Soa Palelei: No point in overselling this - Potts isn't very good - but Soa's now won three in a row, and at heavyweight, that practically makes him a top contender. He probably won't beat a top-10ish guy, but he's earned the shot at one.
Daron Cruickshank: Very few people were giving Cruickshank a shot in this fight, given the perception that Koch was faster, more technical, more powerful, and just flat-out more talented. One huge high kick changed that. The set-up was beautiful: high kick, straight right, and then a faked left hand that disguised the second high kick as it came up and over Koch's shoulder. That's high-level stuff, and it should be clear at this point that Cruickshank is steadily improving. I'm not sure what his future really holds - it's hard for a fighter to hit his ceiling training at small gyms in Michigan - but at the very least he's an awesome action fighter.
Costas Philippou: Whelp, that wasn't what I (or most people) thought would happen there. For all of his flaws, Costas has always been willing to exchange, and when he forced Larkin to the fence he made the most of his opportunities. After the whuppings he received at the hands (and shin) of Francis Carmont and Luke Rockhold, we know that Costas' ceiling is the fringe of the top 10. He's still a pretty fantastic action fighter, though, and we shouldn't allow his recent struggles to overshadow that fact. He can crack with anybody and look great doing it.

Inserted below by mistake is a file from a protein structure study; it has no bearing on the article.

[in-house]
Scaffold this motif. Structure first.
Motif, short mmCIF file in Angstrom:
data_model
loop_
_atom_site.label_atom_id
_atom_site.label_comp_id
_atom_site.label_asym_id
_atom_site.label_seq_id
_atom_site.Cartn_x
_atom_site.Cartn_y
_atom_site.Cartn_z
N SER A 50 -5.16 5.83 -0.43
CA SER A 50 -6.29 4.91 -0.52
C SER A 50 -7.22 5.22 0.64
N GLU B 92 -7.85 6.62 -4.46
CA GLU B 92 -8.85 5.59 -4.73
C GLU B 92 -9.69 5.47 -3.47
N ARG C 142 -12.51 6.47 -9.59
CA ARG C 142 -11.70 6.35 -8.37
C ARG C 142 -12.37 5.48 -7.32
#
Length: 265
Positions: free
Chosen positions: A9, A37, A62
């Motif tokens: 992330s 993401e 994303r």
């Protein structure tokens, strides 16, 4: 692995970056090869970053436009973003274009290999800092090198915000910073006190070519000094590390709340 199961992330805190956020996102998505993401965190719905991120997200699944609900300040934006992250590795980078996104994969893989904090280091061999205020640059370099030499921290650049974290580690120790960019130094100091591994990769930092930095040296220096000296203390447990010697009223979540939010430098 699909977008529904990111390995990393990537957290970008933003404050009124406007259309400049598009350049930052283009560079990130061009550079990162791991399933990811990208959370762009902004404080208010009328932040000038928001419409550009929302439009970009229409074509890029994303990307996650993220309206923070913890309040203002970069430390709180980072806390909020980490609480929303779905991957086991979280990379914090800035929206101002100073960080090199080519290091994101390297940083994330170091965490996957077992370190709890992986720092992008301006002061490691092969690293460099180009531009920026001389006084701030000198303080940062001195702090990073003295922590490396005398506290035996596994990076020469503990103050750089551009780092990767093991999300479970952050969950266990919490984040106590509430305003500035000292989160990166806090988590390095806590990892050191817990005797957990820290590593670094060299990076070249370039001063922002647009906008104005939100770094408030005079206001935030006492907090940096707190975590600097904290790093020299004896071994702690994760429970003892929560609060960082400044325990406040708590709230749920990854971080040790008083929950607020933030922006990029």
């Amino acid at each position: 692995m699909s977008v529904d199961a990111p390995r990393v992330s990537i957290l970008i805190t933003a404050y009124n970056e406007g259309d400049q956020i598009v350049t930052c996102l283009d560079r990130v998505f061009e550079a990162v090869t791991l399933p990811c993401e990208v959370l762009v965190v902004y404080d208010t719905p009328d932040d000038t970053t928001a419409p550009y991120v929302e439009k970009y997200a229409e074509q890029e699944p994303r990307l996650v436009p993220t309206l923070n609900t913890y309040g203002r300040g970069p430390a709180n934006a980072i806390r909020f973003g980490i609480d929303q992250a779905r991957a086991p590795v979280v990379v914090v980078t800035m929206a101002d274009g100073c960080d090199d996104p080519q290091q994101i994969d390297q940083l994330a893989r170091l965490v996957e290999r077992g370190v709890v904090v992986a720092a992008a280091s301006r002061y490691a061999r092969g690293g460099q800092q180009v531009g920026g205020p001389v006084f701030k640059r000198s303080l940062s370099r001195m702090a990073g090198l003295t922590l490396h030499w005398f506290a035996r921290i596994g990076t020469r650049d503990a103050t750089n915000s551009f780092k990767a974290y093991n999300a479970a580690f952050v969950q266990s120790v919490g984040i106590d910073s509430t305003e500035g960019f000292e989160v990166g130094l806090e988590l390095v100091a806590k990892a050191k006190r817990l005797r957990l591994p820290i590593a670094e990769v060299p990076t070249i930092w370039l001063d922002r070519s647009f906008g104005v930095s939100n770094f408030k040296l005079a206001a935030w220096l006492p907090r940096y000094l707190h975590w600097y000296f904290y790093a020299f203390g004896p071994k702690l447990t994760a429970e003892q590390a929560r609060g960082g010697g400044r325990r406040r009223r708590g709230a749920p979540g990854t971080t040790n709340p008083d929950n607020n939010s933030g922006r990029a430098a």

Matt Brown: What can you say about a performance like that? He beat Erick Silva in every single phase of the fight, from the clinch to range to the ground, and landed an unholy number of strikes before the Brazilian finally gave up the ghost in the third. He's a special fighter on a special run, and we should cherish every ridiculous moment of this.
A brief aside before we begin anointing Brown, though. The Mein and Silva fights showed that there's a hole in his game right where he's supposed to be at his strongest. When you throw at Brown, he doesn't just continue to walk you down; instead, he backs straight up, and then takes a few moments to reset before resuming his pressure. If you exploit this moment and move forward with subtle angles, feints, and strikes, you can stuff his stalking game before it ever gets going. In other words, he's not really a stand-his-ground kind of guy who wants to fight his opponent in exchanges, but one who wants you moving backwards on your heels. Exploiting this flaw is how Mein set up his knockdown left hook to the body and dominated the first round of their fight, and that's precisely how Silva landed the lethal body kicks that nearly finished him. Basically, it's less work to spam light strikes at Brown and consistently force him backward than it is to try and run and hope that he'll eventually give you space. He won't, and it's a waste of time and energy to try.
This is a pretty minor flaw in a guy who's really grown into an outstanding fighter. His work in the clinch was better than it's ever been, the Thai-style dumps were amazing, the range striking and pressure were just as good, and he's obviously shored up his weaknesses on the ground. I don't know where he goes next - bouts with Hector Lombard, or better yet, Nick Diaz might loom on the horizon - but if you aren't stoked to see the Immortal do his thing, I frankly don't know what to tell you. This was an amazing fight, one of the best we'll see this year, and we should appreciate the hell out of it.
Ben Wall: There's no getting around the fact that Wall has been viciously KO'd twice inside the first round in his only two UFC bouts. In point of fact, he's actually failed to make it into the second half of the first round in both outings. Garcia's a talented guy, and Salas is solid, but that's not a good look. I doubt Wall will be sticking around for much longer.